• .print AutoConnect
  • Dynamic Printer Matrix



Amongst several features .Print Server Engine allows you to have a single centralized server that contains drivers for the printers in your organization. Using the generic ThinPrint driver virtual desktops push the print data in compressed format to the .Print Server (this is a Windows Servers). The job is then converted and sent in an uncompressed format to the print device.

Optionally, clusters of .Print Server can be created offering the ability to send the print data in a compressed format to the .Print Server in the remote branch. The .Print Server in the remote branch is then responsible for the conversion and final delivery of the uncompressed print job to the print device. Having clusters allow organisations to reduce bandwidth consumption through use of compression and offer additional security since it’s possible to encrypt the data traffic using SSL between .Print Server servers.


Disabling Virtual Printing

If you require to completely disable virtual printing capabilities there are few methods to achieve the same result.

– The first method is actually not to install the ThinPrint AddOn. Refer to my article VMware View 4.5 Command Line Usage to understand how to install View agent without ThinPrint AddOn.

– Secondly, if you are using RDP it is possible to enable/disable the native virtual printing via Group Policies. See example bellow:



HKEY_CURRENT_USER\Software\Policies\VMware, Inc.\VMware VDM\Client\RDP Settings\RedirectPrinters = False

ThinPrint can also be disabled from the client side by starting install_dir\Program Files\VMware\VMware View\Client\bin\wswc.exe with the switch /noVMwareAddins.

– Lastly, you can also stop the TPAutoconnect service and set it to Disable.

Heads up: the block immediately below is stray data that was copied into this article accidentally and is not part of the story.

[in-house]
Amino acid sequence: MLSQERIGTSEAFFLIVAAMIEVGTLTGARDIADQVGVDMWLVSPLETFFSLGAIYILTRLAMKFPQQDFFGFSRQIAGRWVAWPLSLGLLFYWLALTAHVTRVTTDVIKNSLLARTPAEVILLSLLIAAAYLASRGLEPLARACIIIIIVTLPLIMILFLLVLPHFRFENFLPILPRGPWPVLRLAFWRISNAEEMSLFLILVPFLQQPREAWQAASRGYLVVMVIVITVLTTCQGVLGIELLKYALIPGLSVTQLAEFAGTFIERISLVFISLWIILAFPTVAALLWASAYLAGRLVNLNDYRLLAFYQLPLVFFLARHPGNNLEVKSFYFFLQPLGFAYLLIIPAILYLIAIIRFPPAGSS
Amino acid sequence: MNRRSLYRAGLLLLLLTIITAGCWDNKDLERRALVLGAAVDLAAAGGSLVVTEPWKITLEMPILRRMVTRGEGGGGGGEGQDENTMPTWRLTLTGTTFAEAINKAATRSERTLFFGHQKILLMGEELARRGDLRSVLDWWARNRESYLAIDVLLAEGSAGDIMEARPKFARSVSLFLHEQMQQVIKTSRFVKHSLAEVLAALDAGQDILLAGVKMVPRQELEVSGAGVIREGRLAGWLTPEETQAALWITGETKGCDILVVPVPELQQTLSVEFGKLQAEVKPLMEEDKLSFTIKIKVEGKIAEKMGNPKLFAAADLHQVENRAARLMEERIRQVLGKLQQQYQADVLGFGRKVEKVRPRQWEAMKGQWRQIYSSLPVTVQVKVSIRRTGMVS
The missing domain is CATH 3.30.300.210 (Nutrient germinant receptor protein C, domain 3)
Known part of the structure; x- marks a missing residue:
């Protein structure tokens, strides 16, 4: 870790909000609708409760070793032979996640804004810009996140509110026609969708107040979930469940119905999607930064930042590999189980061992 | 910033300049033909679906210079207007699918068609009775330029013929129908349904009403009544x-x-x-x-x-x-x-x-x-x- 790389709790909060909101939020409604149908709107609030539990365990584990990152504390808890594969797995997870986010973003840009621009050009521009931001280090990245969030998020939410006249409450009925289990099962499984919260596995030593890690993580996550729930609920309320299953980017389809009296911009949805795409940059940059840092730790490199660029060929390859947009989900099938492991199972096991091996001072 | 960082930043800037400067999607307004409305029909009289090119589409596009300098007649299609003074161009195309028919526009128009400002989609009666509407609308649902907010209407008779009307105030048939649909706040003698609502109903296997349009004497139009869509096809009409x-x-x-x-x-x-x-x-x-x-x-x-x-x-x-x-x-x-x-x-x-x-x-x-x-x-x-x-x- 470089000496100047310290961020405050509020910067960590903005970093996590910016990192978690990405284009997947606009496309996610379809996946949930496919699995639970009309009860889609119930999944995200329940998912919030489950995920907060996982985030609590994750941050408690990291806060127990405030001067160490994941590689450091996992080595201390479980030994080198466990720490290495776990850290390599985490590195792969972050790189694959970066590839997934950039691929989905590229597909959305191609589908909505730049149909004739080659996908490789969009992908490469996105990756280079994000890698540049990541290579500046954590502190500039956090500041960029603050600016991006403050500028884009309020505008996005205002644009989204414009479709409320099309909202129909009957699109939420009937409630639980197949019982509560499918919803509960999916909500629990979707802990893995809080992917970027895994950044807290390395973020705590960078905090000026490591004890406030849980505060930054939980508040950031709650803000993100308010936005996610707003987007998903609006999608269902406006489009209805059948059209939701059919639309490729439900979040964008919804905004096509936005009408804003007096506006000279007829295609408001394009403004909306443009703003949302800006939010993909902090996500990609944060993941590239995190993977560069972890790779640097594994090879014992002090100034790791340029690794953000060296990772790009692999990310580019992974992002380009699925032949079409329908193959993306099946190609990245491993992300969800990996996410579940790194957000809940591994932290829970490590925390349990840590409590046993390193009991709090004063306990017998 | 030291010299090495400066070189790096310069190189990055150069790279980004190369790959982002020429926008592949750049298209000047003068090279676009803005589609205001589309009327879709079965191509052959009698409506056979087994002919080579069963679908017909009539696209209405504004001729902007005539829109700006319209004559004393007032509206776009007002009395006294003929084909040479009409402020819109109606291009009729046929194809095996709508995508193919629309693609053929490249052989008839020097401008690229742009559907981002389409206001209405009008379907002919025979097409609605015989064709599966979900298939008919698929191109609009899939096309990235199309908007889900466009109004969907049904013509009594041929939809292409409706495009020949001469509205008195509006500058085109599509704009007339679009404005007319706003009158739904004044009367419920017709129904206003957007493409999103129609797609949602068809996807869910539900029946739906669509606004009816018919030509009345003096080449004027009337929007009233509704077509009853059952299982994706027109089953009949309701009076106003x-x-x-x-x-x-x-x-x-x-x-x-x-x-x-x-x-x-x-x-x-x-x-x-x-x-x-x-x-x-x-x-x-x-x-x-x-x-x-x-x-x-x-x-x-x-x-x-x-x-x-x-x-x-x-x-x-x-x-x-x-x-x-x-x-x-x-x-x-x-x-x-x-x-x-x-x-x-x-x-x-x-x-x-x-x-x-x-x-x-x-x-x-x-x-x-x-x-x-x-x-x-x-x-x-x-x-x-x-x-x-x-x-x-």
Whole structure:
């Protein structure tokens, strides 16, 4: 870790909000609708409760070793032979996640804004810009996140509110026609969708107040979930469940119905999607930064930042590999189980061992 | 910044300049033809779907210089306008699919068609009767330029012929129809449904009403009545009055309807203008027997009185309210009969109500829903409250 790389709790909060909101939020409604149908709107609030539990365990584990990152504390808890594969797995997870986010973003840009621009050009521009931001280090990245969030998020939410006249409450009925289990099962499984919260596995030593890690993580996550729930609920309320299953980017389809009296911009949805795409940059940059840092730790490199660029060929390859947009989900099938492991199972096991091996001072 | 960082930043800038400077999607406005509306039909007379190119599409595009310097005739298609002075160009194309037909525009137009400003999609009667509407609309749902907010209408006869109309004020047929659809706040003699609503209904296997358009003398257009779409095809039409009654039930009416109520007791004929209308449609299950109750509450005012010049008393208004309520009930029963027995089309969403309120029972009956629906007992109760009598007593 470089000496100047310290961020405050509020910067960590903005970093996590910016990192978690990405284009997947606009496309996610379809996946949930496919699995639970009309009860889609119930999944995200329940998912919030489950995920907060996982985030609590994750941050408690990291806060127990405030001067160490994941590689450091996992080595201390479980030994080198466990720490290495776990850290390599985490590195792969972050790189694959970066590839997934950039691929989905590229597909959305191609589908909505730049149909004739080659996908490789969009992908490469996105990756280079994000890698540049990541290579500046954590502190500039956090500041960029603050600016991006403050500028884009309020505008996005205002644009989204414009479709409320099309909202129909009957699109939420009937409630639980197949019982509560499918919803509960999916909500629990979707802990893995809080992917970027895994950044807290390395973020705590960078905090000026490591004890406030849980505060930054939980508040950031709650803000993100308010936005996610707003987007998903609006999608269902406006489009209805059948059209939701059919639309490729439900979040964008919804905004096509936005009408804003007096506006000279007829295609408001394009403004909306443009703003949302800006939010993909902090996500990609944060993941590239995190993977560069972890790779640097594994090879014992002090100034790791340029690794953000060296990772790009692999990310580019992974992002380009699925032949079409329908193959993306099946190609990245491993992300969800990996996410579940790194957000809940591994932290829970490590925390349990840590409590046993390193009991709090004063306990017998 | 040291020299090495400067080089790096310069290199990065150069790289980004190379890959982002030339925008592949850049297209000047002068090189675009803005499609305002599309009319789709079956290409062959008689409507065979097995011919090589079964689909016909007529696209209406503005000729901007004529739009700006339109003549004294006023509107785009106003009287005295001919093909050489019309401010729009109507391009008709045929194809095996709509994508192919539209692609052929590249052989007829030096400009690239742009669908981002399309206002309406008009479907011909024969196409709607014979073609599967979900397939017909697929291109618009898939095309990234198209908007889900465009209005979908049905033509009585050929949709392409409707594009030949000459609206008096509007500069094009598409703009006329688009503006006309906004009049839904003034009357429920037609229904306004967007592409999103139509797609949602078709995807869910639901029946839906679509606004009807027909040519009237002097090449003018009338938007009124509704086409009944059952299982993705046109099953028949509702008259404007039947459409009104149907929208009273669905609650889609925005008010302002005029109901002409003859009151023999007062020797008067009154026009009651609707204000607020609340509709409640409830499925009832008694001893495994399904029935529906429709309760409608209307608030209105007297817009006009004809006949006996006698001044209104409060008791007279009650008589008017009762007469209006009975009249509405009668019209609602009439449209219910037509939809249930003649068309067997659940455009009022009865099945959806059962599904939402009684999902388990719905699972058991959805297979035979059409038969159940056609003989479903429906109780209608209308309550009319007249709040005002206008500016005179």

More to come in the 2nd part of this Printing Architectures for VDI.


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  1. Great Article Andre, I didn’t know that the Thin Print OEM driver was deployed with View. I always saw printing as the weakness for View over Citrix based solutions but from your article it looks to be very similar.

    I had a scenario where I had a DC in the UK and office in the US, I used the Citrix Universal Print Driver so that print jobs were sent compressed over to the local PC’s then spooled out to the print server within the local LAN. This provided optimal speed but our next concern was print quality as it was a sales office and high quality printing is what they do. We couldn’t tell the difference, only our top marketing print expert could actually see the difference with the naked eye but it was deemed acceptable. Based on that I could never understand anyone wanting to use native print drivers, however the exception is of course feature rich Multi Functional Devices which do not like the Citrix UPD much. I suppose this is where the Thin Print server comes in though, handy bit of kit to have in these scenarios.

    I wonder if there is any side by side comaprisons of the Citrix UPD and the VMware View Thin Print OEM drivers. Be interesting to see performance, compression rates, spooling sizes, quality and printer feature compatibility for both.